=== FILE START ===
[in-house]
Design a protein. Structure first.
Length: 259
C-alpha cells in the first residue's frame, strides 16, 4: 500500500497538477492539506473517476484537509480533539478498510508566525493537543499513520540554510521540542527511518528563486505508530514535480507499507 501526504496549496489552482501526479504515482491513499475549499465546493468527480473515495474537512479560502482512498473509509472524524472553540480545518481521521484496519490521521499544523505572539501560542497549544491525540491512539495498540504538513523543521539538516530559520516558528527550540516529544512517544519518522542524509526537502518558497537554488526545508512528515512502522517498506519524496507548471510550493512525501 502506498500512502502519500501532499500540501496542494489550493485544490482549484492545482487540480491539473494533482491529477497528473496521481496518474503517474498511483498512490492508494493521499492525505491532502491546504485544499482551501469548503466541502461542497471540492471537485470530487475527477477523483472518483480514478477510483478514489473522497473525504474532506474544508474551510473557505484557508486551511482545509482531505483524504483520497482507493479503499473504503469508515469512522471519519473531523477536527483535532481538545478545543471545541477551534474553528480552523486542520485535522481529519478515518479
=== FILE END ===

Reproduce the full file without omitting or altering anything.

[in-house]
Design a protein. Structure first.
Length: 259
C-alpha cells in the first residue's frame, strides 16, 4: 500500500497538477492539506473517476484537509480533539478498510508566525493537543499513520540554510521540542527511518528563486505508530514535480507499507 501526504496549496489552482501526479504515482491513499475549499465546493468527480473515495474537512479560502482512498473509509472524524472553540480545518481521521484496519490521521499544523505572539501560542497549544491525540491512539495498540504538513523543521539538516530559520516558528527550540516529544512517544519518522542524509526537502518558497537554488526545508512528515512502522517498506519524496507548471510550493512525501 502506498500512502502519500501532499500540501496542494489550493485544490482549484492545482487540480491539473494533482491529477497528473496521481496518474503517474498511483498512490492508494493521499492525505491532502491546504485544499482551501469548503466541502461542497471540492471537485470530487475527477477523483472518483480514478477510483478514489473522497473525504474532506474544508474551510473557505484557508486551511482545509482531505483524504483520497482507493479503499473504503469508515469512522471519519473531523477536527483535532481538545478545543471545541477551534474553528480552523486542520485535522481529519478515518479